Freshwater Drifting Tackle


Here's what you're going to need to get started:

  • light spinning rod 6-10 pound test
  • pencil lead (buy in coils so you can pre-cut in 1/4" incraments)
  • spinning reel capable of holding 115 to 150 yards of line
  • monofilament backing (high visabilit line is recommended, 10-12 pound test)
  • size two hooks (gamakatsu is highly recommended)
  • corky (buy a variety of colors the size of a pea)

Light Spinning Rod
Use a light spinning rod that will suit your reel and the water that you are fishing. If you're fishing a river that has strong currents than you will want a heavier test like 10 pound. If you intend to drift in all sorts of conditions buy a middle of the road test like say 8 pound test so you can do it all, but remember that this will effect how you fight the fish and how you gear up the rest of your rig!


Pencil Lead
If you buy pencil lead, we recommend you buy a "coil" of it, but hollow tubes of lead are good too!. Buying coils of lead will be a bit cheaper for you as you have to do the cutting, although cutting is a good thing! If you are able to pre-cut your lead before you head out you will be quickly prepared for the elements that get thrown at you, as they get thrown at you. Start with about 3 inches of lead and work your way down by 1/4" until you get to 1" lead pieces. You want to find that balance that's going to keep your bait just above the bed so it doesn't get caught up and you're not constantly loosing bait or gear.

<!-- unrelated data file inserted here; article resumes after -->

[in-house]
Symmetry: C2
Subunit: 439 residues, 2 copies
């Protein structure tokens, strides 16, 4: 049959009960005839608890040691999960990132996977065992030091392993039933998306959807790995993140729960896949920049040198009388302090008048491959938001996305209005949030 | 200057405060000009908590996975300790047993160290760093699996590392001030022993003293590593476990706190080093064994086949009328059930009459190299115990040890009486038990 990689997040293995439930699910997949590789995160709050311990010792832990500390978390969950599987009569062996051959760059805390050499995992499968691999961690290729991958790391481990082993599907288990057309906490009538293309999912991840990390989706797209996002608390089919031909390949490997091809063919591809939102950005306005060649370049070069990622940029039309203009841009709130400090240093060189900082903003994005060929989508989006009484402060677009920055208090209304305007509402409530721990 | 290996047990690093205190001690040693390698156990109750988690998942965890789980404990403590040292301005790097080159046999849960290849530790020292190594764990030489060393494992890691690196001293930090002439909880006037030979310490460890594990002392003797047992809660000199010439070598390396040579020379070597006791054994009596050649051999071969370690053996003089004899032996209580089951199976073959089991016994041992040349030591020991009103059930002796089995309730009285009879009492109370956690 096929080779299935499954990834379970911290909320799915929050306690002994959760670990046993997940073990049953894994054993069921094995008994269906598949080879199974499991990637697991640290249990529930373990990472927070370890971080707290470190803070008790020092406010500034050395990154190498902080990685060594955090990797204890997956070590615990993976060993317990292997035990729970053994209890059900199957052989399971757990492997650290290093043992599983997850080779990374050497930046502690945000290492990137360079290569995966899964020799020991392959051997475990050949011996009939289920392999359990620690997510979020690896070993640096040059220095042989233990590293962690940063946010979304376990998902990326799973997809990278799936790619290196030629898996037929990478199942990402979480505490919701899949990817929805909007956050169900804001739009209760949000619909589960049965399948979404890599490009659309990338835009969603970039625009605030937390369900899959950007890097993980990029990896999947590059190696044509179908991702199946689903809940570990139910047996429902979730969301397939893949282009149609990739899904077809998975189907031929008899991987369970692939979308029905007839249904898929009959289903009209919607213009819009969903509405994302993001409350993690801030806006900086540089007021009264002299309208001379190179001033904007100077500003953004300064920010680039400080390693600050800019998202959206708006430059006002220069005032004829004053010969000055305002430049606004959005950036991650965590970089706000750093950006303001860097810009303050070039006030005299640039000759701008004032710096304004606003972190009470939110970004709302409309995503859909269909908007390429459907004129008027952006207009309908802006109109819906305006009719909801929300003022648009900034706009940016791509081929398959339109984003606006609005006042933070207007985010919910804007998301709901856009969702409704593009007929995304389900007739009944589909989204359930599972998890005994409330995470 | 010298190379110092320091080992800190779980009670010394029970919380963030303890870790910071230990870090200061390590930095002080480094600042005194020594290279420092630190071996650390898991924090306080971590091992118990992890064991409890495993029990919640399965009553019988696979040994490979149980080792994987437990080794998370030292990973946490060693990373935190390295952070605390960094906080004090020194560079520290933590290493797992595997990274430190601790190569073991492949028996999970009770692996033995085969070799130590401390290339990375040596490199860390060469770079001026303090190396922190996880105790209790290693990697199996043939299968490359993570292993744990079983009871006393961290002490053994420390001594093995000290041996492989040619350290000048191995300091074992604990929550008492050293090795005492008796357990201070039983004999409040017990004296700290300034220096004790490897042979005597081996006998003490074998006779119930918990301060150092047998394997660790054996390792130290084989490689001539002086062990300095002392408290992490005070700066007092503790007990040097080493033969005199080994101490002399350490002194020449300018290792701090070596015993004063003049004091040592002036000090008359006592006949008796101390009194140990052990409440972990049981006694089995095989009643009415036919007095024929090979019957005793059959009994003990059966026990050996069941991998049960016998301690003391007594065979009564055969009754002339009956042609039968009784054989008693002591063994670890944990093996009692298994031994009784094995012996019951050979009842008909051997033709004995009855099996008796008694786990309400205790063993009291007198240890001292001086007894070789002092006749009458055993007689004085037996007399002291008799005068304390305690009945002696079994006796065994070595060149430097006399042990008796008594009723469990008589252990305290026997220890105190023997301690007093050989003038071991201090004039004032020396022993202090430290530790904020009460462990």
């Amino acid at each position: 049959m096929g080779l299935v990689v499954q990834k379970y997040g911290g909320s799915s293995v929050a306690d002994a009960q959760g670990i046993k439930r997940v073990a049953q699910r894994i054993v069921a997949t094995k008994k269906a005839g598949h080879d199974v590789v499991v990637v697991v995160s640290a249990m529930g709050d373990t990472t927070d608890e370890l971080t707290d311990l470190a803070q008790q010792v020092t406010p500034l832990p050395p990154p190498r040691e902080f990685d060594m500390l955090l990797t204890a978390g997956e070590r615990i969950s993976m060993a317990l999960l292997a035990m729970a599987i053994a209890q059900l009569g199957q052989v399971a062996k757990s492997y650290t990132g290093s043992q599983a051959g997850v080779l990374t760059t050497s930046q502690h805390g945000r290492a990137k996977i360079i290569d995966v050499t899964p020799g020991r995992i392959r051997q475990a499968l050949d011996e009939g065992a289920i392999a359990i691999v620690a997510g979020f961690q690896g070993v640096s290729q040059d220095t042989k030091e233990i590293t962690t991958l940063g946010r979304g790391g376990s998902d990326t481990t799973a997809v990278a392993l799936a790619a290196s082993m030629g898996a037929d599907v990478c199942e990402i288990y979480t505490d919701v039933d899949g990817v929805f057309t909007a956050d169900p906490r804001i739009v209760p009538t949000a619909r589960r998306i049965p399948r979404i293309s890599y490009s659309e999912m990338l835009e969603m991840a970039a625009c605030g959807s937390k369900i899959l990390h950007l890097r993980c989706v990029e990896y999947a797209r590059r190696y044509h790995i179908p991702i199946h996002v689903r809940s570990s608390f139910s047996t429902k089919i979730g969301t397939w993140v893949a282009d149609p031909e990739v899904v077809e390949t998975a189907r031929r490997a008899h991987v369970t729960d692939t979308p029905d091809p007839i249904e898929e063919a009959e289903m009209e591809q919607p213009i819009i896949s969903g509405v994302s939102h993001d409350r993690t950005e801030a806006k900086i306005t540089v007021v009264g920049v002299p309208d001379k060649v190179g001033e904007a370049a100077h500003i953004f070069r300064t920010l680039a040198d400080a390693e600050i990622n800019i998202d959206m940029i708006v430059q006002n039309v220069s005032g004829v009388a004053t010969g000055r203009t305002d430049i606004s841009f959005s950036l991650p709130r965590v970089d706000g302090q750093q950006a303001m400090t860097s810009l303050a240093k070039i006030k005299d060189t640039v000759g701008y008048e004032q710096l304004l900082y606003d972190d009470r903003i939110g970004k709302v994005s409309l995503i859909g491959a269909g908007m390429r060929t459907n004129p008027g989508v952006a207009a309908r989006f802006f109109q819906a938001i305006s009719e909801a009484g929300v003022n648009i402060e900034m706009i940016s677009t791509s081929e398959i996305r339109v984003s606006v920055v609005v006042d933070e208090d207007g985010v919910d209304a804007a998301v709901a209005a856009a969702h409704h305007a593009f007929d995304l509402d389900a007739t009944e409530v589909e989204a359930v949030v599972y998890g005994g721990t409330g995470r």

Spinning or Baitcasting Reels
You want high end Steelhead spinning reels? Try the Calcutta CT200 or TE series made by Shimano! It's more expensive but will probably be the only Steelhead reel you ever buy! It's commonly used for Coho and Steelies by experienced anglers and it's stood the test of time and "Chromers." If you just started then you may want to look at an entry level reel until you get the hang of things. A Quantum AC500 or Daiwa Viento series is an amazing reel for beginners for price point, accuracy and usability. These are bait casting reels and are not typical spinning reels - otherwise know as coffee-grinders - and are a better buy although they take a little getting used to. If you havn't moved on to a baitcasting reel yet and still like the old open faced spool spinners, try something like a Shimano Symetre reel. Check out these gosalmonfishing.com recommendations;